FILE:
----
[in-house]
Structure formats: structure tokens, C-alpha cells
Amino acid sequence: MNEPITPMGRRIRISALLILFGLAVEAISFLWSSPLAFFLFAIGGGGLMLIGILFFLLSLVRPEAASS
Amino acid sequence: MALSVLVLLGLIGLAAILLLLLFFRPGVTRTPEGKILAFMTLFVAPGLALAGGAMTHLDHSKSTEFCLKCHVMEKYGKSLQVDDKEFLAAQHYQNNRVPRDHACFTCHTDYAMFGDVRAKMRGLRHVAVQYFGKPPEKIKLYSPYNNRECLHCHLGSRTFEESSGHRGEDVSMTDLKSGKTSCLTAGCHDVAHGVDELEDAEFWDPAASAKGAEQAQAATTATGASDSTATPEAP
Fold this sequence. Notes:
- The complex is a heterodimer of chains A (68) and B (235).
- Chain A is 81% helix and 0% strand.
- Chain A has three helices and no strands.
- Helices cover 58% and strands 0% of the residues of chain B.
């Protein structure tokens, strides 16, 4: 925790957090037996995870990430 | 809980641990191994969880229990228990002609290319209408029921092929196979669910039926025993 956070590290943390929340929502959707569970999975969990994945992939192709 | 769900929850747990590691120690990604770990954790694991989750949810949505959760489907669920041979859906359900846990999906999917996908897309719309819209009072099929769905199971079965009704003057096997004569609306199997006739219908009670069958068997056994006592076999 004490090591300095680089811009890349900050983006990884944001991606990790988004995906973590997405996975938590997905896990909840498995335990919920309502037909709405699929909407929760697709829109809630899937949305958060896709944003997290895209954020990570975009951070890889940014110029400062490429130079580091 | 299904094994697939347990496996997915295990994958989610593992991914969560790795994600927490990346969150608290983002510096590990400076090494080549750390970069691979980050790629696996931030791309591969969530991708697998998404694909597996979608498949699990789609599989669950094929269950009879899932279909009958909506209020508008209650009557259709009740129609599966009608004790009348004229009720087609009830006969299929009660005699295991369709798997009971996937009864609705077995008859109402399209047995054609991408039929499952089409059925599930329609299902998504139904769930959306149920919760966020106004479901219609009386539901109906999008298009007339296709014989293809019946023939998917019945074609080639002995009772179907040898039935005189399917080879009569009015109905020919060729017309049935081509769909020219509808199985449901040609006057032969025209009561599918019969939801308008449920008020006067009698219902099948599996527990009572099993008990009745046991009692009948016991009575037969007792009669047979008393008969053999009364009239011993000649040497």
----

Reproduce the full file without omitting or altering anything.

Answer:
[in-house]
Structure formats: structure tokens, C-alpha cells
Amino acid sequence: MNEPITPMGRRIRISALLILFGLAVEAISFLWSSPLAFFLFAIGGGGLMLIGILFFLLSLVRPEAASS
Amino acid sequence: MALSVLVLLGLIGLAAILLLLLFFRPGVTRTPEGKILAFMTLFVAPGLALAGGAMTHLDHSKSTEFCLKCHVMEKYGKSLQVDDKEFLAAQHYQNNRVPRDHACFTCHTDYAMFGDVRAKMRGLRHVAVQYFGKPPEKIKLYSPYNNRECLHCHLGSRTFEESSGHRGEDVSMTDLKSGKTSCLTAGCHDVAHGVDELEDAEFWDPAASAKGAEQAQAATTATGASDSTATPEAP
Fold this sequence. Notes:
- The complex is a heterodimer of chains A (68) and B (235).
- Chain A is 81% helix and 0% strand.
- Chain A has three helices and no strands.
- Helices cover 58% and strands 0% of the residues of chain B.
């Protein structure tokens, strides 16, 4: 925790957090037996995870990430 | 809980641990191994969880229990228990002609290319209408029921092929196979669910039926025993 956070590290943390929340929502959707569970999975969990994945992939192709 | 769900929850747990590691120690990604770990954790694991989750949810949505959760489907669920041979859906359900846990999906999917996908897309719309819209009072099929769905199971079965009704003057096997004569609306199997006739219908009670069958068997056994006592076999 004490090591300095680089811009890349900050983006990884944001991606990790988004995906973590997405996975938590997905896990909840498995335990919920309502037909709405699929909407929760697709829109809630899937949305958060896709944003997290895209954020990570975009951070890889940014110029400062490429130079580091 | 299904094994697939347990496996997915295990994958989610593992991914969560790795994600927490990346969150608290983002510096590990400076090494080549750390970069691979980050790629696996931030791309591969969530991708697998998404694909597996979608498949699990789609599989669950094929269950009879899932279909009958909506209020508008209650009557259709009740129609599966009608004790009348004229009720087609009830006969299929009660005699295991369709798997009971996937009864609705077995008859109402399209047995054609991408039929499952089409059925599930329609299902998504139904769930959306149920919760966020106004479901219609009386539901109906999008298009007339296709014989293809019946023939998917019945074609080639002995009772179907040898039935005189399917080879009569009015109905020919060729017309049935081509769909020219509808199985449901040609006057032969025209009561599918019969939801308008449920008020006067009698219902099948599996527990009572099993008990009745046991009692009948016991009575037969007792009669047979008393008969053999009364009239011993000649040497």